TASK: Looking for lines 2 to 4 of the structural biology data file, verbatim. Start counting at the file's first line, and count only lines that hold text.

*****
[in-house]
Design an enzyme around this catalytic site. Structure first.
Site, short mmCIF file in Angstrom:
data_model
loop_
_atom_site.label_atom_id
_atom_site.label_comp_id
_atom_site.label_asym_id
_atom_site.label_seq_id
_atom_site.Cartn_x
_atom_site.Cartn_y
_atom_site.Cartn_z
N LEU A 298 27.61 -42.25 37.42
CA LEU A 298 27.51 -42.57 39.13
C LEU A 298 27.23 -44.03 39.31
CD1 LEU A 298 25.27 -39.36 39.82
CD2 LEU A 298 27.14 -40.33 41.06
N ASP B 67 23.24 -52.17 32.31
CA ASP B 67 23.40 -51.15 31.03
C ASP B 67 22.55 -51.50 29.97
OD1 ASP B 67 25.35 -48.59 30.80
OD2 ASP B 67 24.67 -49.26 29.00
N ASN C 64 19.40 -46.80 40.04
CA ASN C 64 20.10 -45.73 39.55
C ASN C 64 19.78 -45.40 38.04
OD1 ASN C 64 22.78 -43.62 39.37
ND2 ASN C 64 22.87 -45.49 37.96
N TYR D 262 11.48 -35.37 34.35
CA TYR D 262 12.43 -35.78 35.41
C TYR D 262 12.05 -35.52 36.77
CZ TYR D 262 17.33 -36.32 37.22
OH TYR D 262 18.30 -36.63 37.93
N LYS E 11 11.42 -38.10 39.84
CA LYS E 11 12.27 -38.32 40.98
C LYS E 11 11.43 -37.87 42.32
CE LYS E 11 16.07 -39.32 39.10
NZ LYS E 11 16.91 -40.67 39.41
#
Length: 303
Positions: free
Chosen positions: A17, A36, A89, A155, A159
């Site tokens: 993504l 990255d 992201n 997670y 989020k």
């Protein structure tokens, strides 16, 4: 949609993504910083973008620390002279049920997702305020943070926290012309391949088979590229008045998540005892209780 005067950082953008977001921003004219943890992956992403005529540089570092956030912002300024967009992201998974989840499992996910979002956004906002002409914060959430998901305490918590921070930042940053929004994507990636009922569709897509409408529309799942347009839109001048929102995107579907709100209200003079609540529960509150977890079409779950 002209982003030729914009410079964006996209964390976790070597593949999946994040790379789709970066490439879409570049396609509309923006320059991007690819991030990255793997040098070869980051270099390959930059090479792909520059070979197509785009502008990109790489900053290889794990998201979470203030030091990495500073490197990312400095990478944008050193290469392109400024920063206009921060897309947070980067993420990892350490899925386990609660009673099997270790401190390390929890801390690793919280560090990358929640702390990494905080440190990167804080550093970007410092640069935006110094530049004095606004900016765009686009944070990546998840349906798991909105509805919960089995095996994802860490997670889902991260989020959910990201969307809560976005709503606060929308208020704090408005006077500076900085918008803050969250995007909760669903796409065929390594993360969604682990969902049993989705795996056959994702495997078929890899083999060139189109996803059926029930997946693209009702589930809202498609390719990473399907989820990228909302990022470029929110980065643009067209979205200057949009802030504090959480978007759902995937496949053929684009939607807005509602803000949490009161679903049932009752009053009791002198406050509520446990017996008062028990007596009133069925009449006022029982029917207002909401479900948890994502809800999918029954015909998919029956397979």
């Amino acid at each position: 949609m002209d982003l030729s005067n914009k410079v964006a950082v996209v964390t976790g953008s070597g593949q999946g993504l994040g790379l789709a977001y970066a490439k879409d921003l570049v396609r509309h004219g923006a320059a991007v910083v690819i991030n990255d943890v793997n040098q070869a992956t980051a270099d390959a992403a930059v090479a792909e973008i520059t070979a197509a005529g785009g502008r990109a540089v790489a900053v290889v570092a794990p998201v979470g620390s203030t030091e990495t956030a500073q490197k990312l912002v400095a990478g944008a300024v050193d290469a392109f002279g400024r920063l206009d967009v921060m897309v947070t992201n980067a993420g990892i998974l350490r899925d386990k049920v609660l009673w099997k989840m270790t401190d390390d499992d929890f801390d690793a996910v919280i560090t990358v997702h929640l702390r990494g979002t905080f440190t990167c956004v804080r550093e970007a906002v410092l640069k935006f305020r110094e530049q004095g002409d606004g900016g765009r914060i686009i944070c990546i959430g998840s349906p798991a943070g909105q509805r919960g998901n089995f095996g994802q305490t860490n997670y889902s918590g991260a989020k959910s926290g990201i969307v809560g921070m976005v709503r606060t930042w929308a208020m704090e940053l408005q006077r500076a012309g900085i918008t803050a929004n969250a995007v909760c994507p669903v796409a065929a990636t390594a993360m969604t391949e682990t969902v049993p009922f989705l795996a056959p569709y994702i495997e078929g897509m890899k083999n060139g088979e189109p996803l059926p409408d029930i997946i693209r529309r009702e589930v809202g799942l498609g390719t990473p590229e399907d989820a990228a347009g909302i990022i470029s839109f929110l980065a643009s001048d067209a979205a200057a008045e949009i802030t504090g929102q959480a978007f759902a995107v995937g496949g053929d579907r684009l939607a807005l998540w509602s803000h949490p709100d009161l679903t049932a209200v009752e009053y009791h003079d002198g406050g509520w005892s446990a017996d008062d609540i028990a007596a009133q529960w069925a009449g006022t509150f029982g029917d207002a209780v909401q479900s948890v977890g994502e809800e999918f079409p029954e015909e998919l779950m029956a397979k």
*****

Design an enzyme around this catalytic site. Structure first.
Site, short mmCIF file in Angstrom:
data_model